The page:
Longshore union sues law enforcement over tactics

By

Published:

 

OLYMPIA, Wash. (AP) — A Longshore union filed a federal lawsuit against local authorities Thursday, accusing them of using brutal tactics while arresting members for non-violent misdemeanors.

The International Longshore and Warehouse Union said in the civil rights complaint that authorities have engaged in a campaign to harass and intimidate the union. The lawsuit accuses officials of "excessive and unwarranted brutal arrest procedures" and seeks to deter such conduct.

"Longshore workers and their supporters are no longer free to move about their hometown without fear of being ambushed in front of children and families by an overzealous, out-of-control Police Chief and Sheriff," said ILWU International President Bob McEllrath in a statement. "This blatant abuse of authority has to stop."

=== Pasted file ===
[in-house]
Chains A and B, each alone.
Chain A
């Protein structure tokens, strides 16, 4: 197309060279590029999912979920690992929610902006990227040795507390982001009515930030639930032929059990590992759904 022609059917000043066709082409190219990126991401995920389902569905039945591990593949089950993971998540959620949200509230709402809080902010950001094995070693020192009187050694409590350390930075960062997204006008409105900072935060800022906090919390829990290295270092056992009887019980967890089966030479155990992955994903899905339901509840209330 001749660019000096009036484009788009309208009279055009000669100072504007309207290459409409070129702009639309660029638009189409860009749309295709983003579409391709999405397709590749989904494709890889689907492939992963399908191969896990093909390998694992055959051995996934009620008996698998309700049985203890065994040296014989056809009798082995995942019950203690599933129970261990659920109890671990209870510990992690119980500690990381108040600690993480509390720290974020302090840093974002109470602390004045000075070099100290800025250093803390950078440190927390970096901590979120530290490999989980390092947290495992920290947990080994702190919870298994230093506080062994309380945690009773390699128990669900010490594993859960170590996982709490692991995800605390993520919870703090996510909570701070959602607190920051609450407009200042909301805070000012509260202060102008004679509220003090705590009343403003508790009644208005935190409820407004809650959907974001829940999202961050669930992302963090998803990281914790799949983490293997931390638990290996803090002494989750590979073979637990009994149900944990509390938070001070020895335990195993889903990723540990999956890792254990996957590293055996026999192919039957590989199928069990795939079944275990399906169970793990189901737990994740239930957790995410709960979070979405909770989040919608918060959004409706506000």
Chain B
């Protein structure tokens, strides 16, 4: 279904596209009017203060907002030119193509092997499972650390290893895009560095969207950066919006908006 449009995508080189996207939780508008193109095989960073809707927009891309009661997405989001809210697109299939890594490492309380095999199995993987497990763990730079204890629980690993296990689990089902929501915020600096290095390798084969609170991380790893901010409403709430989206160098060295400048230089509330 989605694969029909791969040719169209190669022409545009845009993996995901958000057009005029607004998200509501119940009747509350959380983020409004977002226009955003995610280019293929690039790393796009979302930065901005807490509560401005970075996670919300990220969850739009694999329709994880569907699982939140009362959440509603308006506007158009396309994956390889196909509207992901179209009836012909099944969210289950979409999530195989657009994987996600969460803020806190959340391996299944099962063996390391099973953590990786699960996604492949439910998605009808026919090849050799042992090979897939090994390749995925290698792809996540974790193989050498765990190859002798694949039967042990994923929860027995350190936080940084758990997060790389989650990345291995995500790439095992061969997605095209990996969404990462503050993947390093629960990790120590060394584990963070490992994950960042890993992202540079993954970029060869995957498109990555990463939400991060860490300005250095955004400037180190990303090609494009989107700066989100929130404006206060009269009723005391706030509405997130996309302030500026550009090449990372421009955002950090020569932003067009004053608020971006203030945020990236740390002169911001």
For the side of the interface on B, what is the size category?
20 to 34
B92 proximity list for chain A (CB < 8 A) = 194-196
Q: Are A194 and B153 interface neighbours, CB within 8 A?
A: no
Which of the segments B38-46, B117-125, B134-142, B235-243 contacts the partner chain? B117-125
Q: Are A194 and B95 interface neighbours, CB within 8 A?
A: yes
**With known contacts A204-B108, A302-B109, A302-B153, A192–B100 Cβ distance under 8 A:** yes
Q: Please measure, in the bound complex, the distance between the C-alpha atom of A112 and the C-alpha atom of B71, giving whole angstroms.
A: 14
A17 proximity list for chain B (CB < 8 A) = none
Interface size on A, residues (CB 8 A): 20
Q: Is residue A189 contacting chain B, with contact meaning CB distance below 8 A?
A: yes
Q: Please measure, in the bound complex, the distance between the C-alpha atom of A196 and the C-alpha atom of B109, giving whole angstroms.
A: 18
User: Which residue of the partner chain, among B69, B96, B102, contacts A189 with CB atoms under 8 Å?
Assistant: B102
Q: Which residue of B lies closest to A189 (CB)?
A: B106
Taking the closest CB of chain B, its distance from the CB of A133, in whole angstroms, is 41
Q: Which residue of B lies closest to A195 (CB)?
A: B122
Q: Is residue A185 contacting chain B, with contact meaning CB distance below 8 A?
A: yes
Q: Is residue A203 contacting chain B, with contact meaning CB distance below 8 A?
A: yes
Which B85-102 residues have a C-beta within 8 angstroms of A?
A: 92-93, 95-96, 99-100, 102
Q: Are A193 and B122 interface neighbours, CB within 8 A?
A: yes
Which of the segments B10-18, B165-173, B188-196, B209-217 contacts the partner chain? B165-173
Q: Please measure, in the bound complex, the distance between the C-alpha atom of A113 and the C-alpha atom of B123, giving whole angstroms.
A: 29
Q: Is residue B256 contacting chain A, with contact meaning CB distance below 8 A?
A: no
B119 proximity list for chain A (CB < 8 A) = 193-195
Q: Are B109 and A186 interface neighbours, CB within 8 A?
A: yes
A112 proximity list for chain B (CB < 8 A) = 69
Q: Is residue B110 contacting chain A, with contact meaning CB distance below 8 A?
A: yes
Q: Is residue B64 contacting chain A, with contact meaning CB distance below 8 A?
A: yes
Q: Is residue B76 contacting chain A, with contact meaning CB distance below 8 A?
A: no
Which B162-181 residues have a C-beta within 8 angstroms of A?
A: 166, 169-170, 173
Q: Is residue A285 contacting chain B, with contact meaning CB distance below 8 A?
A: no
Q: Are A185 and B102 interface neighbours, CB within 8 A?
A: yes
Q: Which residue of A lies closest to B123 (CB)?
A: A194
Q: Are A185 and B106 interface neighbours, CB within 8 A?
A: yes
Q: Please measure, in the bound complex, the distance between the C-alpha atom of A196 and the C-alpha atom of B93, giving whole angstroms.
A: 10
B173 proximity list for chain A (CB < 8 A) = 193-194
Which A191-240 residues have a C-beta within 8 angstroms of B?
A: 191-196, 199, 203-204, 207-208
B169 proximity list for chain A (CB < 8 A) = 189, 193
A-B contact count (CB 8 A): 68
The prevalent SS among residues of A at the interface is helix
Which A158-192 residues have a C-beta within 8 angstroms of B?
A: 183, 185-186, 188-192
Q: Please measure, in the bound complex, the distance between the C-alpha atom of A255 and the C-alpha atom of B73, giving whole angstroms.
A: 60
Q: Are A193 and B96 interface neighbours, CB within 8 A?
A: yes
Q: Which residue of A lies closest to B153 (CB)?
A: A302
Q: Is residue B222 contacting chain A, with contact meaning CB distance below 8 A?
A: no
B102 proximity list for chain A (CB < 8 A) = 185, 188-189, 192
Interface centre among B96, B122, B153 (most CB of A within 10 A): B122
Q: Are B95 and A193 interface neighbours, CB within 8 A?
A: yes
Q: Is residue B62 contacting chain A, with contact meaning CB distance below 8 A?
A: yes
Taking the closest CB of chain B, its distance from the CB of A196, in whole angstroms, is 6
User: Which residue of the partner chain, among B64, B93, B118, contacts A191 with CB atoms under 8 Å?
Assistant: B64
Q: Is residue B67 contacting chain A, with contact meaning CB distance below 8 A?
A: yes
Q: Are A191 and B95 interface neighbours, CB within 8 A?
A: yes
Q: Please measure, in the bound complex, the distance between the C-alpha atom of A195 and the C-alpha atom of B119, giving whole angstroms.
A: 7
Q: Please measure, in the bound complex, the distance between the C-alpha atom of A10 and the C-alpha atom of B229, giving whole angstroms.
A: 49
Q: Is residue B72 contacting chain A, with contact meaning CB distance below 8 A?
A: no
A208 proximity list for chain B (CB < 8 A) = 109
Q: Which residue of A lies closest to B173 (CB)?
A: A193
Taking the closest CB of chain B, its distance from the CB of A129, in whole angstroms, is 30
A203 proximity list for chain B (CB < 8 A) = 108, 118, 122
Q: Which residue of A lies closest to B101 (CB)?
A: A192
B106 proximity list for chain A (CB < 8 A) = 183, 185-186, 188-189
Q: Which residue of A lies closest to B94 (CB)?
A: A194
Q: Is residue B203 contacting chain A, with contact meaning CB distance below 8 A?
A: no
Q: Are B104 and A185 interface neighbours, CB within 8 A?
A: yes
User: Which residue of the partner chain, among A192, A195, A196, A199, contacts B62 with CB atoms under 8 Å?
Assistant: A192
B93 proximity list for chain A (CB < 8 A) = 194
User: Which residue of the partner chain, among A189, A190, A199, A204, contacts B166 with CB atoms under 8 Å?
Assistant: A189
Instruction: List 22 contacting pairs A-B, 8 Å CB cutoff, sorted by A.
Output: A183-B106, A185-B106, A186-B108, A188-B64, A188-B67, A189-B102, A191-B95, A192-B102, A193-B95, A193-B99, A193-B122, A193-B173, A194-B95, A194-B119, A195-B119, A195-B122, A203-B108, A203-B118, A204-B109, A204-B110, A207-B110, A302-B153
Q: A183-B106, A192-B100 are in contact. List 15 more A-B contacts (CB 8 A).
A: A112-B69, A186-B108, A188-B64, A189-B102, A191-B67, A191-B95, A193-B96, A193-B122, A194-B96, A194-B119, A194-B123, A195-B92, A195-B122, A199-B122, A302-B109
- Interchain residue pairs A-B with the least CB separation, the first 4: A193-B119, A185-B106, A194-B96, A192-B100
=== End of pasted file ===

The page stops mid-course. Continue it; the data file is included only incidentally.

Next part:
The suit names Cowlitz County Sheriff Mark Nelson, Longview Police Chief Jim Duscha as well as the county and city.

Grover Laseke, a spokesman for the sheriff, declined to comment on the specific allegations in the case because officials haven't had a chance to see it. But he said authorities believe officers have acted professional and have done their job the way it needs to be done.

"We feel that any allegations of abuse or excessive force are not accurate," Laseke said.

The Cowlitz County Sheriff's Office estimates that it has made more than 200 arrests in recent months over a labor dispute at a Port of Longview grain terminal. Protesters have blocked trains, and federal officials have accused the union of damaging property and making death threats.

Earlier this week, about a dozen were arrested — mostly women — for blocking a train. Law enforcement officers brought a massive force to help ensure passage of the train, using at least two tactical vehicles, canine units and about a dozen personnel in full riot gear.

A federal judge has found the union in contempt for its tactics and is now considering potential fines.

The ILWU believes its members have the right to work at the new $200 million terminal operated by EGT. The company has hired another firm that is staffing the site with workers from a different union, Oregon-based Operating Engineers Local 701.


Mike Baker can be reached at http://twitter.com/MikeBakerAP